Identical twins Brad and Doug Balliett have more in common than genes and their trademark round thick-rimmed eyeglasses. Take, for example, at the ripe old age of 30, a love of Aesop Rock, better rap skills than the average Juilliard grad, bachelor’s degrees from Harvard, and former contracts with professional orchestras in Texas. After separately deciding to put their orchestra careers on hold to pursue alternative music projects, the two moved to New York and currently live a few blocks apart in Washington Heights, spending their days composing, playing chamber music, and, as of December, hosting the WQXR Q2 radio show The Brothers Balliett.
Brad, a bassoon player who served for a year as second bassoonist of the Houston Symphony, has lately been composing chamber music for winds for the Declassified, a group he plays in that is made up of alumni of the Academy, the joint Juilliard-Carnegie Hall teaching-performing fellowship program (Brad finished it in 2010). Doug (M.M. ’12, historical performance), the ex-assistant principal bassist of the San Antonio Symphony, enjoys through-composed hip-hop and claims he only wants to write rap cantatas on Ovid texts for the rest of his life. (He was first inspired to do so during Philip Lasser’s composition for noncomposition majors class at Juilliard; he’s now working on three commissions.) The two are currently working on their first classical piece together, a passion based on the gnostic text “The Acts of John” for Cantori in New York. “We’ve worked in bands before and on our hip-hop stuff together but we’ve never tried to write a serious piece of classical music together. It’s weird,” Doug said in a recent joint interview the brothers had with The Journal. “We each write skeletons or drafts and then hand them off and let the other change things. Or we’ll leave big sections empty, like if I don’t feel like fleshing out a harp part, I’ll just hand it off.”
A healthy dose of sibling rivalry and jealousy has played a role in the twins’ careers since the beginning. Doug remembers that the first time he wanted to compose was when he saw his brother doing so when they were 9 years old. “It seemed like we were too young to start writing music, but like most things in my life, the competition with Brad played an important factor, so I wanted to start writing music, too,” he said. “It’s mostly that if one of us does something then that’s just evidence to the other person that it’s very possible and can’t be very hard to do,” Brad added with a laugh. The two agreed that having some consistent competition is a good push to stay on track and focused when working. Doug’s decision to leave his position with the San Antonio Symphony and move to New York was partially brought on by an interest in projects that Brad had gotten involved with after moving to New York. And while Brad admitted he was tempted to one-up his brother by auditioning for a show on Q2 by himself, he eventually realized that their twin banter might make for a more entertaining pitch to the radio station.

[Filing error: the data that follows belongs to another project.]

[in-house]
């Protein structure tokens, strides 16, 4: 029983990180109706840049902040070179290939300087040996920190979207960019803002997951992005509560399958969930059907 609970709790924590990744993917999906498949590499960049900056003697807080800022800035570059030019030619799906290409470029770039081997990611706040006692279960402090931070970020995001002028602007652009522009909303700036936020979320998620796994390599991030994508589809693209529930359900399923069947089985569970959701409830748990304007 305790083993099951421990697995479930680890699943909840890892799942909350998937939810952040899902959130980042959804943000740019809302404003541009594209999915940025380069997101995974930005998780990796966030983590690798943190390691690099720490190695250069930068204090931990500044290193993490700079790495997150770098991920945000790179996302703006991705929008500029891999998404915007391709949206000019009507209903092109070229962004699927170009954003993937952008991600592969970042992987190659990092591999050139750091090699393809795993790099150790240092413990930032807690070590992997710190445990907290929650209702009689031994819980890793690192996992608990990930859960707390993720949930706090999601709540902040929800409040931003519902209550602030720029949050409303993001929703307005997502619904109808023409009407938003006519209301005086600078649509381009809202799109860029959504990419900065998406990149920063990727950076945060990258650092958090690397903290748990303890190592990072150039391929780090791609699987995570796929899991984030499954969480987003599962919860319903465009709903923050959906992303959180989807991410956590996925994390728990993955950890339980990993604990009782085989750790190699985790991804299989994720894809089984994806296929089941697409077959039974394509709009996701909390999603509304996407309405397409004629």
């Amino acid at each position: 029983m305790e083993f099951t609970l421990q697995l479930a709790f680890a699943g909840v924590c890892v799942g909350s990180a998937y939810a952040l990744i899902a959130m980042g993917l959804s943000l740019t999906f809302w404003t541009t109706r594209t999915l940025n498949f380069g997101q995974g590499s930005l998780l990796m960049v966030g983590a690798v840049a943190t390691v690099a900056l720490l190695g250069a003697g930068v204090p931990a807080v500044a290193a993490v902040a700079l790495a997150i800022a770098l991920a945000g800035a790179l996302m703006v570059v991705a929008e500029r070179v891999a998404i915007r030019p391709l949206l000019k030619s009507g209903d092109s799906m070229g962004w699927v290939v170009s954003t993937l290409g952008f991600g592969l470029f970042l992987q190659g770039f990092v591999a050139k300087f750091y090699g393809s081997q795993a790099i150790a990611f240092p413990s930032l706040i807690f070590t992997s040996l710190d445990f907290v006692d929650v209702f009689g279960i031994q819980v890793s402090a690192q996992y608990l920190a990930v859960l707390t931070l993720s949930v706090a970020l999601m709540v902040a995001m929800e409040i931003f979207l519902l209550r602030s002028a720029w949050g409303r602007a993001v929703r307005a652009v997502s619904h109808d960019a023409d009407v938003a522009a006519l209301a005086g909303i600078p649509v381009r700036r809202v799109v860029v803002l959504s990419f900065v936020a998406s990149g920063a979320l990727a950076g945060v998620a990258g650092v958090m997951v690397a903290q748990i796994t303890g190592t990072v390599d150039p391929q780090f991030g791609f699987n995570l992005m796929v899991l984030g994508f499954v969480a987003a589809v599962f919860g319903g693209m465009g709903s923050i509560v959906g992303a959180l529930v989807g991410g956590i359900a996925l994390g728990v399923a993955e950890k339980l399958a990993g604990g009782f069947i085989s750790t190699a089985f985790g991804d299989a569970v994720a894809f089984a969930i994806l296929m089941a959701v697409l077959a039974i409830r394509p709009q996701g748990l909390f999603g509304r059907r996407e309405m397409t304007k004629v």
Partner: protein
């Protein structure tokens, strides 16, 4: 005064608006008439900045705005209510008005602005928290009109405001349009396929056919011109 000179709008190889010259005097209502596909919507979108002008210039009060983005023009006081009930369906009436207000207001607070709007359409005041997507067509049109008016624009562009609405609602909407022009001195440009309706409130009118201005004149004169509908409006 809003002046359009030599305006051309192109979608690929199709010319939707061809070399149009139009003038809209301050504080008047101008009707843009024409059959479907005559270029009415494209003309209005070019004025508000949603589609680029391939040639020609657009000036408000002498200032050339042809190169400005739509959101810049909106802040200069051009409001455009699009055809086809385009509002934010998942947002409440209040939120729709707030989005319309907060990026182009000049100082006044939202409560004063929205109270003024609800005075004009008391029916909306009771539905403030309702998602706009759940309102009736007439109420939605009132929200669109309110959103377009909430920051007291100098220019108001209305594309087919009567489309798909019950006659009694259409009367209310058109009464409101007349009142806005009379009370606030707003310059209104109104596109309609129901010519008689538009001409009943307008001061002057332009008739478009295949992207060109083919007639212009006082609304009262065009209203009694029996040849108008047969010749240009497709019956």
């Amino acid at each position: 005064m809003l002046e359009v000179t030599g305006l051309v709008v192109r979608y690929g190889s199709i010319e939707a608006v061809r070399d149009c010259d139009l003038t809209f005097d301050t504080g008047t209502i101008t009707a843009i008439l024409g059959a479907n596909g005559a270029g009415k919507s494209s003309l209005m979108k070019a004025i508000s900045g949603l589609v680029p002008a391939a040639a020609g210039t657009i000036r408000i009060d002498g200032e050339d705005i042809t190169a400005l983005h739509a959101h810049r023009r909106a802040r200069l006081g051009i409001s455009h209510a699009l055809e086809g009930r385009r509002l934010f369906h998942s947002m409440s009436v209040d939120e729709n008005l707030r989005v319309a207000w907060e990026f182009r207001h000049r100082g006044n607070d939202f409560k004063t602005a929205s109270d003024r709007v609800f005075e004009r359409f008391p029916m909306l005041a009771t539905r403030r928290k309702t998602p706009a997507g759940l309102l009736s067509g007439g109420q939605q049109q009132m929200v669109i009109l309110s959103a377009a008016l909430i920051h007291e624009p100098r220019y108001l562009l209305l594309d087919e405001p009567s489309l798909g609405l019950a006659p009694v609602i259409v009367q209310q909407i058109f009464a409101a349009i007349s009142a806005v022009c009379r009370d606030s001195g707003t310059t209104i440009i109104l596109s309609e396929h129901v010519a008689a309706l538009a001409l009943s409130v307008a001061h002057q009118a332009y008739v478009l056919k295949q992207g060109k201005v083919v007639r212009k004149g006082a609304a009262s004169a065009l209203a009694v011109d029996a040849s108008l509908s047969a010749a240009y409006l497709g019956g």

The Brothers Balliett plays like a casual listening session with what Doug describes as “9 a.m. drive-time yammering.” It’s embellished with world premieres of commissioned fanfares and fun series like The Grown Person’s Guide to the Orchestra. Recent track lists have included Beethoven’s 10th Symphony (completed from sketches by musicologist Barry Cooper) and a Haydn string quartet with accordion accompaniment. “We try to start arguments as much as possible. It doesn’t feel like work—it’s fun and it’s more or less what we do anyway when we’re listening to music,” Brad said.
Doug and Brad’s interest in hip-hop and pop music manifests itself in Oracle Hysterical, a group they started with composer Elliot Cole that performs original works like a hip-hop retelling of the Grimm fairy tale “The Fisherman and His Wife” and a what they describe as a popera-seria called The Consent of Lucretia. “Elliot describes it as much book club as band,” said Doug, who has self-diagnosed sopranophilia (meaning he loves writing for sopranos and wants to meet all of them). In addition to singers, the group uses actors, drummers, string quartets, and electronics to create wild performances, which they’ve done at the Lucerne Festival Academy, the MATA Festival in New York, and, in 2010, on a living room tour of Texas. Outside of performing, the twins have a shared love of teaching and outreach; Brad is a New York Philharmonic Teaching Artist and Doug was a Morse fellow at Juilliard and is now in the Academy.
Why are they both following similar yet not well-trodden paths? Partly coincidence and partly the fact that they’re brothers with similar interests, they said. And while there is no sister Balliett there is indeed a third, older brother Balliett—an entrepreneur, who according to Doug, taught him and his twin, “if you want to do something, just do it and don’t think about it.”